James Bury, Iain Hair

DOI Number
First page
Last page


The provision of high-quality courses and the utilization of effective behaviours, methodologies, and approaches are essential targets that educators should aim for. In order to achieve these goals, it is imperative that teachers reflect on their practices and regularly update their curricula. Drawing on students’ perceptions and feedback are also of key importance when developing courses and adapting teaching practices. This paper reports on two case studies situated in Japan in which teachers engaged in self-reflection, sought and analyzed student feedback, and revised courses as a result of those processes. The article’s primary purpose is to examine how student feedback and teacher reflections can be utilized to improve the quality of courses and teaching practices, enabling a more engaging and fulfilling learning experience to be provided. Consistent with previous research, the case studies outlined in this article demonstrated that proactive instructor responses to ongoing feedback and reflections could improve class content, student/teacher engagement, and students’ overall learning experience. Thus, despite the many factors that may discourage educators from implementing changes to their courses and approaches, this article has shown that if constructive student feedback is acted on and sufficient effort is made to implement changes, then courses can be successfully adapted to the benefit of both students and teachers.


student feedback, teacher reflections, business English, tourism English, course development

Full Text:



Barnett, R. (2004). Learning for an unknown future. Higher Education Research and Development, 23(3), 247-260.

Bell, M., Cordingley, P., Isham, C., & Davis, R. (2010). Report of professional practitioner use of research review: Practitioner engagement in and/or with research. CUREE, GTCE, LSIS and NTRP.

Bury, J. (2019). The effects of different discourse moves on students’ oral output. The Language Teacher, 43(3), 3-7.

Bury, J. (2014). Developing texts for an English for tourism course: The effect of using task-cycling, spaced retrieval and high-frequency words on students’ self-perception of ability and levels of confidence. Journal of Teaching English for Specific and Academic Purposes, 2(2), 181-194.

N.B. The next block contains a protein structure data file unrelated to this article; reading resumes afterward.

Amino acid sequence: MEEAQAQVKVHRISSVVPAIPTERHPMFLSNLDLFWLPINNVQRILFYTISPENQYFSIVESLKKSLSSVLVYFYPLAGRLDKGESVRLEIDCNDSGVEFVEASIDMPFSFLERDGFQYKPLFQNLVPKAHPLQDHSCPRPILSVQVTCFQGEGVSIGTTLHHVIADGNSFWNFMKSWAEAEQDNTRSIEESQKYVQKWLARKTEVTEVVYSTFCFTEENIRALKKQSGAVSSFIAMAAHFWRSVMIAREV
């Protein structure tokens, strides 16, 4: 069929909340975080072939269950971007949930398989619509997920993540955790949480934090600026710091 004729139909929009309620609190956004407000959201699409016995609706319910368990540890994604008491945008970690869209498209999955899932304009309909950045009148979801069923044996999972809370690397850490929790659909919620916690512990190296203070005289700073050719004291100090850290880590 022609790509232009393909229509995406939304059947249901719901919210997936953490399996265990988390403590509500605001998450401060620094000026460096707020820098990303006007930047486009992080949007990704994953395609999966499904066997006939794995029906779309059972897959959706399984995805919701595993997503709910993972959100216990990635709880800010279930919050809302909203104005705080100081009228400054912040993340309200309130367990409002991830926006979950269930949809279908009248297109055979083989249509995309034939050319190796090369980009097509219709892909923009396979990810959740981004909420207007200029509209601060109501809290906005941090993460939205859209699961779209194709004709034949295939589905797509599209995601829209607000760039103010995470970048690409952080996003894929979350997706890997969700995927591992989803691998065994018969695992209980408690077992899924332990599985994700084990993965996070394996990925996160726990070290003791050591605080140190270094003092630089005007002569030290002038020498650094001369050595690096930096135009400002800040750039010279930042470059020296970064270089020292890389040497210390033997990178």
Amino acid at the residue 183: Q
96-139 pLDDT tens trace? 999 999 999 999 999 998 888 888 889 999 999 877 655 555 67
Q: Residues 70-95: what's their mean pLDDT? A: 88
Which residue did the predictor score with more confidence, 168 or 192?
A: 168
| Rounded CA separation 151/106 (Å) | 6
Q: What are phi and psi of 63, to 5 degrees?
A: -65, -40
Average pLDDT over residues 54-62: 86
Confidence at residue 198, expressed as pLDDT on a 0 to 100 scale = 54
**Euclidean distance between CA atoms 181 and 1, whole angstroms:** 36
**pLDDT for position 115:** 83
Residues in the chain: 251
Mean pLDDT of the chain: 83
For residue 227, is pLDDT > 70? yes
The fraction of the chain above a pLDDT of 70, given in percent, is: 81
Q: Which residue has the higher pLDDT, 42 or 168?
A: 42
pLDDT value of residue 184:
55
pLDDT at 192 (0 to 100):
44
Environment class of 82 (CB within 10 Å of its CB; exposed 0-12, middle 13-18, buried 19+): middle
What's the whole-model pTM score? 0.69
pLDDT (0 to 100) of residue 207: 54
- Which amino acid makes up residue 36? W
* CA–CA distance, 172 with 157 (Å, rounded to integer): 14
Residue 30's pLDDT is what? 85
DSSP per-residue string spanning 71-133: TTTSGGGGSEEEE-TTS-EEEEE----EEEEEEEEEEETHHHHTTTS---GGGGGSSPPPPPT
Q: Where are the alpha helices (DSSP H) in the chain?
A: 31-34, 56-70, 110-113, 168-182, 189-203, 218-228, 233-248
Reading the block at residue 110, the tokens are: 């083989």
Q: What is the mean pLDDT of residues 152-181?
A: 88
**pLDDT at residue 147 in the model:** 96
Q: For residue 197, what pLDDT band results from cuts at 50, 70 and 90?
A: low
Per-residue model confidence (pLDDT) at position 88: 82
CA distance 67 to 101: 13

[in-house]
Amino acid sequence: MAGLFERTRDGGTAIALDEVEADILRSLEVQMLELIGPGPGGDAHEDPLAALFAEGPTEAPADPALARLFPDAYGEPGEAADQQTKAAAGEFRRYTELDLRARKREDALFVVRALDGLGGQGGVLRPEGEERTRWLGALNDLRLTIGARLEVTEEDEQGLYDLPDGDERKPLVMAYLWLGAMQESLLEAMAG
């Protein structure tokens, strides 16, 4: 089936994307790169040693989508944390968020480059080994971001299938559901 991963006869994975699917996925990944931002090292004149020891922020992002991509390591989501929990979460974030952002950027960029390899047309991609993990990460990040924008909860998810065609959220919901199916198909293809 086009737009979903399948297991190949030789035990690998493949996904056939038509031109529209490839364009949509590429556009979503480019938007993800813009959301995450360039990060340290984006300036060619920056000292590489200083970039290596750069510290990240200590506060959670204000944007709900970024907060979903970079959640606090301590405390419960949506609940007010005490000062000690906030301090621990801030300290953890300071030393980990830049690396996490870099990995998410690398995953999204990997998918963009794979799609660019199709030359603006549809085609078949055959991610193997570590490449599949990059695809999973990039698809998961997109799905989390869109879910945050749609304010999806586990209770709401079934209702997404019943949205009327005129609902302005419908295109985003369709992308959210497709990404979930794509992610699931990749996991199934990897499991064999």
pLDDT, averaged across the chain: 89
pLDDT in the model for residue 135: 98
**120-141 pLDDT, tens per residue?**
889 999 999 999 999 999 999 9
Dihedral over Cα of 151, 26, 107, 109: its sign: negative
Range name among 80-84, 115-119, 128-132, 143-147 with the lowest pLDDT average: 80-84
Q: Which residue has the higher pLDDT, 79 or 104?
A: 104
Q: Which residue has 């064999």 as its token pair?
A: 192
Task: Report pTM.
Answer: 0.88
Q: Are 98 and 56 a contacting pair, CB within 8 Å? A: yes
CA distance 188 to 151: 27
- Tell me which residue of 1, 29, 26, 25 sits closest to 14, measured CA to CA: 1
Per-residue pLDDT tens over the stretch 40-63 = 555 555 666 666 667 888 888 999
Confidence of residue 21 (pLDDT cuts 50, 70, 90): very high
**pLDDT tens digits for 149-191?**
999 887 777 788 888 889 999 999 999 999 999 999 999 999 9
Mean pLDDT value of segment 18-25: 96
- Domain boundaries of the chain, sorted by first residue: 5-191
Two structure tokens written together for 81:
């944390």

Bury, J., & Masuzawa, Y. (2018). Non-hierarchical learning: Sharing knowledge, power and outcomes. Journal of Pedagogic Development, 8(1), 32-51.

Bury, J., & Oka, T. (2017). Undergraduate students’ perceptions of the importance of English in the tourism and hospitality industry. Journal of Teaching in Travel and Tourism, 17(3), 1-16.

Bury, J., & Sellick, A. (2015). Reactions and perceptions of teachers to the implementation of a task-based survey and presentation course. Journal of Innovation in Education, 3(1), 15-33.

Byrne, J. V. (2000). Engagement: A Defining Characteristic of the University of Tomorrow. Journal of Higher Education Outreach and Engagement, 6(1), 13-21.

Cowie, N. (2011). Emotions that experienced English as a Foreign Language (EFL) teachers feel about their students, their colleagues and their work. Teaching and Teacher Training, 27(1), 235-242.

Craig, C. J. (2012). Butterfly under a pin: An emergent teacher image amid mandated curriculum reform. Journal of Educational Research, 105(2), 90.

Dewey, J. (1933). How we think: A restatement of the relation of reflective thinking to the educative process. DC Heath and Company.